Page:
Landscape photography is often about the sublime, perfection. Evidence of people is avoided. I like to include something of mankind in landscapes-- we are here after all. This shot was a moment of stunning weather, color, receding line, space, and human intervention that is still beautiful. I have never seen the Columbia so green!
It always amazes me what a big impact inches of difference can have with point of view. With this Montana barn, I moved this way and that, sidling a foot to the right and left. It wasn't just getting the llama unobscured-- there was a difference in sensing the scale and shape of the barn depending on how much of the end in shadow was included. It was also crucial to let the mass of the building "rest" in the frame...giving proportion to the sky, horizon and ground. Microadjustments of the camera...snap.
Is harmony subjective? Probably. The thing is to recognize it when it happens. If it's harmonious just for you, then so be it. In this image, the bands connecting the sides of the frame also partially reflect the little island and give three dimensionality to it. The human in the shot gives scale, which often is missing in landscape. Sometimes ambiguity of size is wanted, but sometimes what appears imposing in person is not when it's trapped inside of a frame. Scale is an important element of context.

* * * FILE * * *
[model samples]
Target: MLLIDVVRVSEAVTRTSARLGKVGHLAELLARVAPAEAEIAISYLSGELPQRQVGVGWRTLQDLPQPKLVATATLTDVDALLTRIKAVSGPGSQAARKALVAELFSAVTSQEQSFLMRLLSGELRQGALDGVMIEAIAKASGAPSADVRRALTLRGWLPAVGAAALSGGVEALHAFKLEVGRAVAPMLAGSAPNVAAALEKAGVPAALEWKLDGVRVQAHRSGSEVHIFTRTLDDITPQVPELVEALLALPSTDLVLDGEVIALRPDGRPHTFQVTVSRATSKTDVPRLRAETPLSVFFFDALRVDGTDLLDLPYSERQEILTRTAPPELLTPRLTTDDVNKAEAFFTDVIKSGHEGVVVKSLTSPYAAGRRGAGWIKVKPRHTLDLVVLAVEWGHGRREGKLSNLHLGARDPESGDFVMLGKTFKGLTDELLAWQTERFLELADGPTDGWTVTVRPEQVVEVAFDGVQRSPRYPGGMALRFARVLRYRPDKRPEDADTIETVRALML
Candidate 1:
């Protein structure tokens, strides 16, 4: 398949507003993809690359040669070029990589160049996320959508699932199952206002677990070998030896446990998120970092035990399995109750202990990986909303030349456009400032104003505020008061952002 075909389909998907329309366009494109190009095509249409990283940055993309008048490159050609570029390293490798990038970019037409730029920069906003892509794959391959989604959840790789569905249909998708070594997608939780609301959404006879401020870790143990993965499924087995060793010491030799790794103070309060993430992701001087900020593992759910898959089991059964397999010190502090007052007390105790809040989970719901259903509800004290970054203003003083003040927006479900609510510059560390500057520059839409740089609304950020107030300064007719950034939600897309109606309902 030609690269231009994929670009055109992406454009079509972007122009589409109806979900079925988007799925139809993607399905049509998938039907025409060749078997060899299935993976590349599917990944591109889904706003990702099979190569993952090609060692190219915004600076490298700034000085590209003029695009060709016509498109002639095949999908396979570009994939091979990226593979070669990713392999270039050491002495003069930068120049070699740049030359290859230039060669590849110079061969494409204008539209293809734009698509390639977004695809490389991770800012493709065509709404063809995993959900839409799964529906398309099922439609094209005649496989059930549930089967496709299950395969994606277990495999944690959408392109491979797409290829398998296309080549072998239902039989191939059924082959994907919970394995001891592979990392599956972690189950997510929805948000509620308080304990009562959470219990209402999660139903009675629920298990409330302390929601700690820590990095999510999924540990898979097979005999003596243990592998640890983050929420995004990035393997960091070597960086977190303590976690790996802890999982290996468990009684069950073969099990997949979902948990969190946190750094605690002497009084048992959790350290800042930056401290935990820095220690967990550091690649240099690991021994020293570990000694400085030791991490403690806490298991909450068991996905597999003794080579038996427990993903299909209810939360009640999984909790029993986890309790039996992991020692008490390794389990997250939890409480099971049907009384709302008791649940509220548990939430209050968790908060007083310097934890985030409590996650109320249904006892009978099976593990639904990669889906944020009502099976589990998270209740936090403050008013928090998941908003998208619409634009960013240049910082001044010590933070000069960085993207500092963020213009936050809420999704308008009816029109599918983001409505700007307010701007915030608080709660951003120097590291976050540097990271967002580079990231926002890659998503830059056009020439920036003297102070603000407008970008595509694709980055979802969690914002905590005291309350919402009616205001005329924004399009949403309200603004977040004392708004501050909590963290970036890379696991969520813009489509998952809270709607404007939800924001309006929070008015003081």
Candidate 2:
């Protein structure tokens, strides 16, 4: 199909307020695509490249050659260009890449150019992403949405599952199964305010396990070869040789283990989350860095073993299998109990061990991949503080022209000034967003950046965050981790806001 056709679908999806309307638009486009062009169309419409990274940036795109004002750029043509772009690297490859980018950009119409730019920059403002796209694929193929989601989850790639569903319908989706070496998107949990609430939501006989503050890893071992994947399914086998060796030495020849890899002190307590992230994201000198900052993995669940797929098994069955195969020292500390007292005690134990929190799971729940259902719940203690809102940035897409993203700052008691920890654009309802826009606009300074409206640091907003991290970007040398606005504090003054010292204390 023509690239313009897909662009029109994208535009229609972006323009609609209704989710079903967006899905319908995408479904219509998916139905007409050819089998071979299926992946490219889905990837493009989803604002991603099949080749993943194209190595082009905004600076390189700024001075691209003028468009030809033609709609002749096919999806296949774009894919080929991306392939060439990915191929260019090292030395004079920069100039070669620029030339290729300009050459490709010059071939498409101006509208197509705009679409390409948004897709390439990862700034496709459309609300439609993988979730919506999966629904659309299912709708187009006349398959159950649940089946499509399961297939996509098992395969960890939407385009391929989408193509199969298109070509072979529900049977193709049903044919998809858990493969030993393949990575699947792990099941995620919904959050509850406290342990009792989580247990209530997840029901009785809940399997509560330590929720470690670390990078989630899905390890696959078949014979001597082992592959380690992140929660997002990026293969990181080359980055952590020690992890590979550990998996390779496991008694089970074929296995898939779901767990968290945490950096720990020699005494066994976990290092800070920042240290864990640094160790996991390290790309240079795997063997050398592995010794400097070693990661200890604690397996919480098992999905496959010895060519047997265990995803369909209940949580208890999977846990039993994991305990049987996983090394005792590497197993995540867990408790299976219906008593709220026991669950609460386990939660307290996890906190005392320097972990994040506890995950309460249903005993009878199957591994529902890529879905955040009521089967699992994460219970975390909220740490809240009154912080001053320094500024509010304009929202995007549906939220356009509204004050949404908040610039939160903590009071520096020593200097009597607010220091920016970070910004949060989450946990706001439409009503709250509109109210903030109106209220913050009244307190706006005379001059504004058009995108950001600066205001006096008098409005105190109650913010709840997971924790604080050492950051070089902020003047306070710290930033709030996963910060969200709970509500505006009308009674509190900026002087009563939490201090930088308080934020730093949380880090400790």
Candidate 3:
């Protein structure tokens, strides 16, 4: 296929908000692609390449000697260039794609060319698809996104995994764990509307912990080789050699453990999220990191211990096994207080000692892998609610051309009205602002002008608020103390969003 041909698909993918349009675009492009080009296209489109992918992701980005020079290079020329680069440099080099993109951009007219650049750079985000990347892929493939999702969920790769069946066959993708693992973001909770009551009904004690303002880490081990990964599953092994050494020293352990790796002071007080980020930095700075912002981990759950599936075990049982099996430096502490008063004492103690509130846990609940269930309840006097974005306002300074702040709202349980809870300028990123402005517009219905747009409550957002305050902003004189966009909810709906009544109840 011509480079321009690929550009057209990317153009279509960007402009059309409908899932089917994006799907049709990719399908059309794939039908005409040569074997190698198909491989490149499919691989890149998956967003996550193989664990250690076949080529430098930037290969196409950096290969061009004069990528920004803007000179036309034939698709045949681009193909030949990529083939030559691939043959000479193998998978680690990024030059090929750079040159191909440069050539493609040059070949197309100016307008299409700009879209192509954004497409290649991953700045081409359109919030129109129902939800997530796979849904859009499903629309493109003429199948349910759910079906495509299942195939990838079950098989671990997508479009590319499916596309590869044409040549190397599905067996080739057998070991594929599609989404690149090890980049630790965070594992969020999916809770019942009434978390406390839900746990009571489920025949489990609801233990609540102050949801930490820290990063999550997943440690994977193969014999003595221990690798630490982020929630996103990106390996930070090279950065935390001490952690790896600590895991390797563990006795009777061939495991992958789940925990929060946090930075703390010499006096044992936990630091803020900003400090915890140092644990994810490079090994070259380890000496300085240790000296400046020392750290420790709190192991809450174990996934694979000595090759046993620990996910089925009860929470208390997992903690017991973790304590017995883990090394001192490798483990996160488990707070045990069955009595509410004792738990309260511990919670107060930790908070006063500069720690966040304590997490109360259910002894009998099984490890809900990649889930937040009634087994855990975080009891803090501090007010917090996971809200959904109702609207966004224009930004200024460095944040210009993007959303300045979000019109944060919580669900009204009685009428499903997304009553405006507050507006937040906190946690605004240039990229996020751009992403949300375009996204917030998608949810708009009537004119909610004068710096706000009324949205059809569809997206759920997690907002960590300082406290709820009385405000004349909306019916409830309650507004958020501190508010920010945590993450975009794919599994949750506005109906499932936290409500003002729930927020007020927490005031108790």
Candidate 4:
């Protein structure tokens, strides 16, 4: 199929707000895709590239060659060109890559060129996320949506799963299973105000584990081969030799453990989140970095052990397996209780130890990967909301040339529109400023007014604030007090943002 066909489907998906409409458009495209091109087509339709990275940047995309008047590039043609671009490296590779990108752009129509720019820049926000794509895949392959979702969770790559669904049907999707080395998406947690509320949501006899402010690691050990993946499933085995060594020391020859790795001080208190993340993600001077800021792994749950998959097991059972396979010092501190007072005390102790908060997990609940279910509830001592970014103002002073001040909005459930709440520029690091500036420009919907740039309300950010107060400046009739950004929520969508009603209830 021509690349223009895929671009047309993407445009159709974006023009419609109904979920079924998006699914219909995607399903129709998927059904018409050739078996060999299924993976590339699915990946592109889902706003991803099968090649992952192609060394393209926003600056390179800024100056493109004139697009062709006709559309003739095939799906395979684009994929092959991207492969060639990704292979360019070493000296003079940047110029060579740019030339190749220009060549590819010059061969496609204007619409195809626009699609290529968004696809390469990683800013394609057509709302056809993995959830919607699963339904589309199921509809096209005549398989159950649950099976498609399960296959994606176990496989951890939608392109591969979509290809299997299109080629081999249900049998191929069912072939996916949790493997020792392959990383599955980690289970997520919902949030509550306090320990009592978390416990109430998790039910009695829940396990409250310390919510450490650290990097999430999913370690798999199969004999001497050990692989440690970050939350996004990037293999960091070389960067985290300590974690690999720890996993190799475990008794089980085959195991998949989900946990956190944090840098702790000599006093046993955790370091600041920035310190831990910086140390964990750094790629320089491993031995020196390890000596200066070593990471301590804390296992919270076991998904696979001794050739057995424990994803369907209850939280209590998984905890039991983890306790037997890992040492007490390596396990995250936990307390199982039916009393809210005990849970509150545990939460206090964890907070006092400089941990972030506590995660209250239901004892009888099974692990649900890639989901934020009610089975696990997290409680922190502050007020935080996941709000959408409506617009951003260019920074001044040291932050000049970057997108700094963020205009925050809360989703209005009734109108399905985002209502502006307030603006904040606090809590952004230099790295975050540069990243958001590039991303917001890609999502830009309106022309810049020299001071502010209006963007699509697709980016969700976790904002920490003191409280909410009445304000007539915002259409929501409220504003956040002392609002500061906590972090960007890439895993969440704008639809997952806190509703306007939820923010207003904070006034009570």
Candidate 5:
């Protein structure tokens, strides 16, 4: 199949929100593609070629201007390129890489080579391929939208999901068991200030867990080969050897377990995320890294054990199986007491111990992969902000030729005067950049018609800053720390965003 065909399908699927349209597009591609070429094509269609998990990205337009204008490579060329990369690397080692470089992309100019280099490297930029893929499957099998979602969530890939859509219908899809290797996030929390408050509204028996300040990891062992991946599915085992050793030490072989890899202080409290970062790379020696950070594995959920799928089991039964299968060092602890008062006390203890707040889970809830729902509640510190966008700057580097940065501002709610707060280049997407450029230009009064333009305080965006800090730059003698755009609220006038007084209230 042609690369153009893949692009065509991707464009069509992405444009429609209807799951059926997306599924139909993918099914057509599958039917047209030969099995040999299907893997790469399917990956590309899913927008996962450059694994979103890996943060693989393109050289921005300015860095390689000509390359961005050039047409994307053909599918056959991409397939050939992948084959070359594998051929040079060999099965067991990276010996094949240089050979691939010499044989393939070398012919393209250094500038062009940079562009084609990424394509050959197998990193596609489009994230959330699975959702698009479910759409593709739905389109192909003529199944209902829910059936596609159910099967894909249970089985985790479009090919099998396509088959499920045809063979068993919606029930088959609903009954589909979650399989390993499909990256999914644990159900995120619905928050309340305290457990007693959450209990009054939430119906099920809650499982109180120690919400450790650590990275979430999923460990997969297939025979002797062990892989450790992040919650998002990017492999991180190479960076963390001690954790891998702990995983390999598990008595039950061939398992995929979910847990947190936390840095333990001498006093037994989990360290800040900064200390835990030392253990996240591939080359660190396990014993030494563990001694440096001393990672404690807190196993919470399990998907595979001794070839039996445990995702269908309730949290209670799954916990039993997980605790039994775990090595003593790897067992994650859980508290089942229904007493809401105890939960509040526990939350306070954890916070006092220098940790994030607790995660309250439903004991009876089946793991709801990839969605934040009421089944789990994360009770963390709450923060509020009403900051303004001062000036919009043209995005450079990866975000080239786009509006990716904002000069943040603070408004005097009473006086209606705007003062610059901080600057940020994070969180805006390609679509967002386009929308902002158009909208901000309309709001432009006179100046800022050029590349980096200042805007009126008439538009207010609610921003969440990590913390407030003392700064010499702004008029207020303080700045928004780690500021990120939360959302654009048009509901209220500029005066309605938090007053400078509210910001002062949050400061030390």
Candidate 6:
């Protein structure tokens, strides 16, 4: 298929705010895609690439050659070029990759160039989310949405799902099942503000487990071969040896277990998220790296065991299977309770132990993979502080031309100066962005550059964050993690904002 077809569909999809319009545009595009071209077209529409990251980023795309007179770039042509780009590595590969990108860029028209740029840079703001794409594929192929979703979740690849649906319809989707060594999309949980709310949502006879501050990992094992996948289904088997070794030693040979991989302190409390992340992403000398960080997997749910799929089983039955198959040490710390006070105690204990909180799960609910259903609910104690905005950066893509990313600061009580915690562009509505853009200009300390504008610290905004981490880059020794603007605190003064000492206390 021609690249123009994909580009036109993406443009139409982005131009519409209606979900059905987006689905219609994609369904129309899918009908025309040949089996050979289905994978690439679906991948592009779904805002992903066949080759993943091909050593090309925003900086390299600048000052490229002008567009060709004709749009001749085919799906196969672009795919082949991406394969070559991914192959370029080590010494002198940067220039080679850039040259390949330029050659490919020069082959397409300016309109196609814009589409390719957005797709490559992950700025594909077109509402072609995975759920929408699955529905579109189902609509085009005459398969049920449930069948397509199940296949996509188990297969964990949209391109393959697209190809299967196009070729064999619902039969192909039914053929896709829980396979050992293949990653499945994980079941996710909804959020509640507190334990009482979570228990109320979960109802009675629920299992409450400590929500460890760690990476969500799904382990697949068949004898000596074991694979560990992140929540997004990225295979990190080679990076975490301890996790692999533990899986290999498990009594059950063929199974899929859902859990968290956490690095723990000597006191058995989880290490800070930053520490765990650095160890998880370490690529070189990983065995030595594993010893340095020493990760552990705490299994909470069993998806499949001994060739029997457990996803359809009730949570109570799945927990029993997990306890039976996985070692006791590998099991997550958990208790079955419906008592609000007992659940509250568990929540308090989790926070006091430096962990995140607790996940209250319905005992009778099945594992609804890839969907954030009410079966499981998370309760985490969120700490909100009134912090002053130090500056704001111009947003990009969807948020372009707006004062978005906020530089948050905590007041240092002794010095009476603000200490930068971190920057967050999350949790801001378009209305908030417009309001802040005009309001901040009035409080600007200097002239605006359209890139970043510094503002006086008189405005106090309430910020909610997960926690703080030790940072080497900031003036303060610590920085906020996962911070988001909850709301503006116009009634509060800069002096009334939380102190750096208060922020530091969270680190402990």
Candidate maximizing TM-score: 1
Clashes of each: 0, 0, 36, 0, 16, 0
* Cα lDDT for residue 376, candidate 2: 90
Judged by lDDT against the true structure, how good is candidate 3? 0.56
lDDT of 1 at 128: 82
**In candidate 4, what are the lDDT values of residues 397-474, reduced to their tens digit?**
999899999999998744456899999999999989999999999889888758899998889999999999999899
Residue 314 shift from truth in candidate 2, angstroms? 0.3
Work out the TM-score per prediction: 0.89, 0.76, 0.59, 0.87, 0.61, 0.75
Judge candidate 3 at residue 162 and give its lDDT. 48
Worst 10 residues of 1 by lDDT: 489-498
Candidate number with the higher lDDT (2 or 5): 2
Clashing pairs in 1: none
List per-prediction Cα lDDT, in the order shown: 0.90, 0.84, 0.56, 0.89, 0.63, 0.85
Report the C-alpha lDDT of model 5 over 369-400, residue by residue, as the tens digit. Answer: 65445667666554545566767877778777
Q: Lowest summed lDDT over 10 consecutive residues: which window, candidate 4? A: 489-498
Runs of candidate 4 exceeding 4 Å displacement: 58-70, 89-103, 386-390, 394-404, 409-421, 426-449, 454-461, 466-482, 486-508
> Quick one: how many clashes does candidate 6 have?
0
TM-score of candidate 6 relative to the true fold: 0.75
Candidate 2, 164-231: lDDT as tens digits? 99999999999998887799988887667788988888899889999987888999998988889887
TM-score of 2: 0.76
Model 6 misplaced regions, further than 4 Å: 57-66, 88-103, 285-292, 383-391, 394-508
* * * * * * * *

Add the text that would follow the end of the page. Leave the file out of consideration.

I am never at a loss for camera targets when I am tip-toeing in the mouldering, dew-strewn natural world. I certainly can't name most of what I'm observing, but ignorance seldom gets in the way of wonderment. Despite the infiniteness of it all, there are moments and places where we can put ourselves, capturing that wonder.
It involves being open, again, and pushing, expending effort. I always go a little fuzzy with my gaze just before pressing the shutter.